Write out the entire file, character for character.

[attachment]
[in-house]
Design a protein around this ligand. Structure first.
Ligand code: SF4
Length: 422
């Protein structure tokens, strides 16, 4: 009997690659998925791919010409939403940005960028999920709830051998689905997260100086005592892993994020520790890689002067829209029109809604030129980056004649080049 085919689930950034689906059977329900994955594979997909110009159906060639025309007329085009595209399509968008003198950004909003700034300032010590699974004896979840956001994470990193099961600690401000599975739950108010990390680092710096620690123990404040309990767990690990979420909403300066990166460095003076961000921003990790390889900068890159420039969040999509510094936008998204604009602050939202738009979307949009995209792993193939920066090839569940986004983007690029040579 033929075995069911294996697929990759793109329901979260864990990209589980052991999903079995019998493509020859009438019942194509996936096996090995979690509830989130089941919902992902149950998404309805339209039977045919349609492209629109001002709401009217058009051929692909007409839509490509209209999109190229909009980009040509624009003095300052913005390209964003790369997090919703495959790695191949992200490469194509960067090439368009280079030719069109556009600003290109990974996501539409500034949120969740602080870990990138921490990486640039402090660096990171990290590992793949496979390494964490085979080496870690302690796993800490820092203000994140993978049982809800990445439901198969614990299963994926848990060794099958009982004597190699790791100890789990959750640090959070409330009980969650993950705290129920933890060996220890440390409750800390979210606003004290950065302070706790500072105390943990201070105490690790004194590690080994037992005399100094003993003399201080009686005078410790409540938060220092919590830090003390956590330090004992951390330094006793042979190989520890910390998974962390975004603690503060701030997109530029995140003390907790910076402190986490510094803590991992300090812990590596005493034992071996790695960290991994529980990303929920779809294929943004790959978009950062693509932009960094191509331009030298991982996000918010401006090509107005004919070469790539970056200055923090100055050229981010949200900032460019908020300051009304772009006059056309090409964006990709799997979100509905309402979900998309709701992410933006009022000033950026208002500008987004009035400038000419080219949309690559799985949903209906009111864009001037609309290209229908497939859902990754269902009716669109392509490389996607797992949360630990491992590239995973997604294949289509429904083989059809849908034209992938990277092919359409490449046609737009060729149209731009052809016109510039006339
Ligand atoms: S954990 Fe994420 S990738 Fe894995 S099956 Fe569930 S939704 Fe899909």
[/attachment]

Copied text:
[in-house]
Design a protein around this ligand. Structure first.
Ligand code: SF4
Length: 422
């Protein structure tokens, strides 16, 4: 009997690659998925791919010409939403940005960028999920709830051998689905997260100086005592892993994020520790890689002067829209029109809604030129980056004649080049 085919689930950034689906059977329900994955594979997909110009159906060639025309007329085009595209399509968008003198950004909003700034300032010590699974004896979840956001994470990193099961600690401000599975739950108010990390680092710096620690123990404040309990767990690990979420909403300066990166460095003076961000921003990790390889900068890159420039969040999509510094936008998204604009602050939202738009979307949009995209792993193939920066090839569940986004983007690029040579 033929075995069911294996697929990759793109329901979260864990990209589980052991999903079995019998493509020859009438019942194509996936096996090995979690509830989130089941919902992902149950998404309805339209039977045919349609492209629109001002709401009217058009051929692909007409839509490509209209999109190229909009980009040509624009003095300052913005390209964003790369997090919703495959790695191949992200490469194509960067090439368009280079030719069109556009600003290109990974996501539409500034949120969740602080870990990138921490990486640039402090660096990171990290590992793949496979390494964490085979080496870690302690796993800490820092203000994140993978049982809800990445439901198969614990299963994926848990060794099958009982004597190699790791100890789990959750640090959070409330009980969650993950705290129920933890060996220890440390409750800390979210606003004290950065302070706790500072105390943990201070105490690790004194590690080994037992005399100094003993003399201080009686005078410790409540938060220092919590830090003390956590330090004992951390330094006793042979190989520890910390998974962390975004603690503060701030997109530029995140003390907790910076402190986490510094803590991992300090812990590596005493034992071996790695960290991994529980990303929920779809294929943004790959978009950062693509932009960094191509331009030298991982996000918010401006090509107005004919070469790539970056200055923090100055050229981010949200900032460019908020300051009304772009006059056309090409964006990709799997979100509905309402979900998309709701992410933006009022000033950026208002500008987004009035400038000419080219949309690559799985949903209906009111864009001037609309290209229908497939859902990754269902009716669109392509490389996607797992949360630990491992590239995973997604294949289509429904083989059809849908034209992938990277092919359409490449046609737009060729149209731009052809016109510039006339
Ligand atoms: S954990 Fe994420 S990738 Fe894995 S099956 Fe569930 S939704 Fe899909």